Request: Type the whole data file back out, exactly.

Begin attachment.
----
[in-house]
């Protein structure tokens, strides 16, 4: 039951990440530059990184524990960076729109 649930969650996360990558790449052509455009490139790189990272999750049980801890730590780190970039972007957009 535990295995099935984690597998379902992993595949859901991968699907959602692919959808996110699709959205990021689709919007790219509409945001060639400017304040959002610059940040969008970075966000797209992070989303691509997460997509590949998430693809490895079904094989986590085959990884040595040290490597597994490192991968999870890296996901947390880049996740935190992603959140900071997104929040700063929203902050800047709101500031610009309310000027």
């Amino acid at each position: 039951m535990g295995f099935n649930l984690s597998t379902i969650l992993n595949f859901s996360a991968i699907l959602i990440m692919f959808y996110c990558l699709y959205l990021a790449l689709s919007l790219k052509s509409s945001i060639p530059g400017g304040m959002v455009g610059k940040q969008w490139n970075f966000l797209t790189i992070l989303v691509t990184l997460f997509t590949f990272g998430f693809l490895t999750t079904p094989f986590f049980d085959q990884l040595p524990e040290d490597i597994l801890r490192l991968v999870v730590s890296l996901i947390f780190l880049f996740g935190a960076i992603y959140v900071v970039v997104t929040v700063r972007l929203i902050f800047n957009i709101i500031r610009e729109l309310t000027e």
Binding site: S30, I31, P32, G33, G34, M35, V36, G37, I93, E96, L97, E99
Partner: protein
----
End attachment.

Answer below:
[in-house]
């Protein structure tokens, strides 16, 4: 039951990440530059990184524990960076729109 649930969650996360990558790449052509455009490139790189990272999750049980801890730590780190970039972007957009 535990295995099935984690597998379902992993595949859901991968699907959602692919959808996110699709959205990021689709919007790219509409945001060639400017304040959002610059940040969008970075966000797209992070989303691509997460997509590949998430693809490895079904094989986590085959990884040595040290490597597994490192991968999870890296996901947390880049996740935190992603959140900071997104929040700063929203902050800047709101500031610009309310000027």
């Amino acid at each position: 039951m535990g295995f099935n649930l984690s597998t379902i969650l992993n595949f859901s996360a991968i699907l959602i990440m692919f959808y996110c990558l699709y959205l990021a790449l689709s919007l790219k052509s509409s945001i060639p530059g400017g304040m959002v455009g610059k940040q969008w490139n970075f966000l797209t790189i992070l989303v691509t990184l997460f997509t590949f990272g998430f693809l490895t999750t079904p094989f986590f049980d085959q990884l040595p524990e040290d490597i597994l801890r490192l991968v999870v730590s890296l996901i947390f780190l880049f996740g935190a960076i992603y959140v900071v970039v997104t929040v700063r972007l929203i902050f800047n957009i709101i500031r610009e729109l309310t000027e």
Binding site: S30, I31, P32, G33, G34, M35, V36, G37, I93, E96, L97, E99
Partner: protein